A team of researchers from Imperial College London and the Universities of Leeds and Oxford has captured the 3D atomic models of a single transporter protein in each of its three main structural states, an achievement that has been a goal of researchers from around the world for over 25 years.
The discovery offers remarkable insight into the function of one of the body's most fundamental processes - the movement of essential chemicals into cells of the body - and creates an opportunity to develop brand new drugs.
Biologists have surmised that transporter proteins of this type, which sit in the cell membrane, carry molecules through the otherwise impermeable membrane by shifting between at least three distinct structural states, controlled by ion gradients.
In the first state, there is an outward-facing cavity. A compound will enter this cavity and attach to a binding site whereupon the protein will move to a second state with the cargo locked inside. The third state is formed when the protein opens up a cavity on the inward-facing side to release the compound into the cell. The switch between outward and inward-facing sides works rather like a 'kissing gate' in which the cavity is either on one side or the other but there is never a direct channel through the whole protein.
Until now, scientists had never observed the structural details of these three states in a single protein and theories about how the mechanism worked in detail were based on stitching together their observations from different transporters.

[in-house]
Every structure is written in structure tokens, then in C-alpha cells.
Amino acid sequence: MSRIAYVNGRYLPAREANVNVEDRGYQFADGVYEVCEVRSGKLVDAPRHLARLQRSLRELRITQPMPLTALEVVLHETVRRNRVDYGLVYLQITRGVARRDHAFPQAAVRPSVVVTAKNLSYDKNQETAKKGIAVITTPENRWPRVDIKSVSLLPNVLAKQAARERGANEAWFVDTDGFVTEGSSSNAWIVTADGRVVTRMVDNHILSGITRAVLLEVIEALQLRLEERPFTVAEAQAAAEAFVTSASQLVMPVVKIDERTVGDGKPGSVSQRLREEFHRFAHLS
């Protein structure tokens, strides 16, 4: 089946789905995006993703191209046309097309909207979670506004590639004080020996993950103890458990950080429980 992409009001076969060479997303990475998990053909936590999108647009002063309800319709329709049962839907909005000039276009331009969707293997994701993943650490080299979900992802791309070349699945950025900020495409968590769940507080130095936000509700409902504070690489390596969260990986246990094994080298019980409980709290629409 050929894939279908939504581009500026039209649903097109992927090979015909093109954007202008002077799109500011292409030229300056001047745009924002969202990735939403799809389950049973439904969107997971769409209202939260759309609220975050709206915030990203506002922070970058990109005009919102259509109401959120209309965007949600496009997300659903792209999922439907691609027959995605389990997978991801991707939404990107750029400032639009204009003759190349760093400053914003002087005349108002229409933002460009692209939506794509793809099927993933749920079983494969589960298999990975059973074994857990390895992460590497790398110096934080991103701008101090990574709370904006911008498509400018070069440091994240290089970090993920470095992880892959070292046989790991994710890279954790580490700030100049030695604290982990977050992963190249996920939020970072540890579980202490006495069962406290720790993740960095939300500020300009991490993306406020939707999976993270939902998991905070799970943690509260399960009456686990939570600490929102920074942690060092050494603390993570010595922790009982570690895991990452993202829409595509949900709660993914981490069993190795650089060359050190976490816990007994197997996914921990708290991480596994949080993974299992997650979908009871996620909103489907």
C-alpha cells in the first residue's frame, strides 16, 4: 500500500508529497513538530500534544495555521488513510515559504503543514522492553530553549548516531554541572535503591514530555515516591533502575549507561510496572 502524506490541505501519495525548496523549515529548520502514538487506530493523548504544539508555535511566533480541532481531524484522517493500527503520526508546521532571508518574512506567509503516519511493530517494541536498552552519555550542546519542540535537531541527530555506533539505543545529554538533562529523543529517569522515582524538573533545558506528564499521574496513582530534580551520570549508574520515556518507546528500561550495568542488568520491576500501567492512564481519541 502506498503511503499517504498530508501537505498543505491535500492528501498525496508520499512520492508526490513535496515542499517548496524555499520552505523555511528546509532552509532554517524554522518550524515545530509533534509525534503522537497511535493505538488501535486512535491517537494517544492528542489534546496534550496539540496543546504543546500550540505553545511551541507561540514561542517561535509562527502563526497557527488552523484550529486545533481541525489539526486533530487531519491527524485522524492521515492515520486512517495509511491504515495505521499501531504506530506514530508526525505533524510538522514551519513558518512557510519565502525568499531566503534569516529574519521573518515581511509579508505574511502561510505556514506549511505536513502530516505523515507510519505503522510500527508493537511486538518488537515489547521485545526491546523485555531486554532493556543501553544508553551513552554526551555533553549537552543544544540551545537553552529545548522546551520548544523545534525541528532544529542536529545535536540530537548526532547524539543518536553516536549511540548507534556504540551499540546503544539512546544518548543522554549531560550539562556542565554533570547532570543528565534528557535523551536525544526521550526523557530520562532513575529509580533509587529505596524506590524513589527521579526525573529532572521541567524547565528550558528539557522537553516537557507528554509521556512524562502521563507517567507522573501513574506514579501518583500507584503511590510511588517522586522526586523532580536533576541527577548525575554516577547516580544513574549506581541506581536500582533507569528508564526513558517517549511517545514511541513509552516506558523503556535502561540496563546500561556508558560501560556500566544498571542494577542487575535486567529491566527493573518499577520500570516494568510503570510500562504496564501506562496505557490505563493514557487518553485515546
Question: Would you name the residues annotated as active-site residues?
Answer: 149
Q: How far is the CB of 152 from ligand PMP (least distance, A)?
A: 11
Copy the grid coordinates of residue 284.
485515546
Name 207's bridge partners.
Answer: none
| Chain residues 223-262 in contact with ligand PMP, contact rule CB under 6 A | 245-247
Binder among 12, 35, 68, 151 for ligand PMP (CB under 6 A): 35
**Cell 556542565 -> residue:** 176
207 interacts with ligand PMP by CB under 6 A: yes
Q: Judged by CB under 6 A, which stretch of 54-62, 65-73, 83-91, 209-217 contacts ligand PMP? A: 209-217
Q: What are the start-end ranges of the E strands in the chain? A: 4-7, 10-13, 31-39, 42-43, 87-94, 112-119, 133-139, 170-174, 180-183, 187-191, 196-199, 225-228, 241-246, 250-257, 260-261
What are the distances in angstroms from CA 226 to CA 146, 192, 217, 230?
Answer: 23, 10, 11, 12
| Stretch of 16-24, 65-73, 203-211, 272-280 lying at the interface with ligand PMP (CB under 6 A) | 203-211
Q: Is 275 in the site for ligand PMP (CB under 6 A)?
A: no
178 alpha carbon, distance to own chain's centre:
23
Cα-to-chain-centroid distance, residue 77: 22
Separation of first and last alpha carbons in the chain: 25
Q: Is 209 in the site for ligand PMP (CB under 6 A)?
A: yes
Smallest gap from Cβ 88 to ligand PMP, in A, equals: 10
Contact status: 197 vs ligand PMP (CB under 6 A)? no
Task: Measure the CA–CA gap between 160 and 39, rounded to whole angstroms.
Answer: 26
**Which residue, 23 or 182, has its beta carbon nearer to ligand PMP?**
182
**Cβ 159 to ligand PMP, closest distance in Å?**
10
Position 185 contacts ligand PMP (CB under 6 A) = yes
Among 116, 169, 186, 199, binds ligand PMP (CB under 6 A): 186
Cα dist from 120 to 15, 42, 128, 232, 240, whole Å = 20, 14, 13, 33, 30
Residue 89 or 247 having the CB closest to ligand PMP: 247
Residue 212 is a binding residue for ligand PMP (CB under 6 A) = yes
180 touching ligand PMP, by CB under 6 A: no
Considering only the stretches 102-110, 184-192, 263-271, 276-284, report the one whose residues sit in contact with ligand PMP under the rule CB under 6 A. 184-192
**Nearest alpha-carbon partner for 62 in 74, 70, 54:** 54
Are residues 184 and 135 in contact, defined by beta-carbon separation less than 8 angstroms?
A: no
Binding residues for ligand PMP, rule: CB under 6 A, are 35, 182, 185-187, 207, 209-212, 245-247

"Previous models gave us a broad understanding of the mechanism involved, but this could never really be usefully applied for drug development," says Professor Peter Henderson of the University of Leeds. "The goal for researchers in this area has always been to observe the entire mechanism in a single protein."
The research, published today in Science, reports the mapping of the inward-facing structure of the bacterial Mhp1 transporter protein, the third structural state that they have determined for this protein. The team has been studying Mhp1 for more than ten years and their observations of the first two structures were published in Science in October 2008.
Structure of the inward-facing form of Mhp1. The grey-shaded 'ghost' positions are indicated of a sodium ion as a sphere and benzylhydantoin as a small molecule.
The protein was produced in Leeds; the structures were determined by X-ray crystallography and analyzed at Imperial College London and the Imperial College Membrane Protein Laboratory (MPL) located at Diamond Light Source. Oxford University carried out dynamic molecular simulations to investigate further the transitions between the three states of the protein.
"This third structure completes the picture and we can now understand Mhp1's 'alternating access' mechanism in great detail," said Dr Alexander Cameron, from the Division of Molecular Biosciences at Imperial College London. "We also unexpectedly found that the structures are similar across many transporter proteins previously thought to be different, so we're expecting our model to help achieve some rapid progress in the research of colleagues around the world."
The detailed knowledge of the mechanism could unlock new drug developments in several ways, says Professor Henderson. "Altering the delivery of compounds into a cell is one potential benefit for treating illness. For example this could be useful in treating conditions where certain chemicals are lacking and need boosting permanently - such as serotonin for those suffering from depression and glucose for those with diabetes."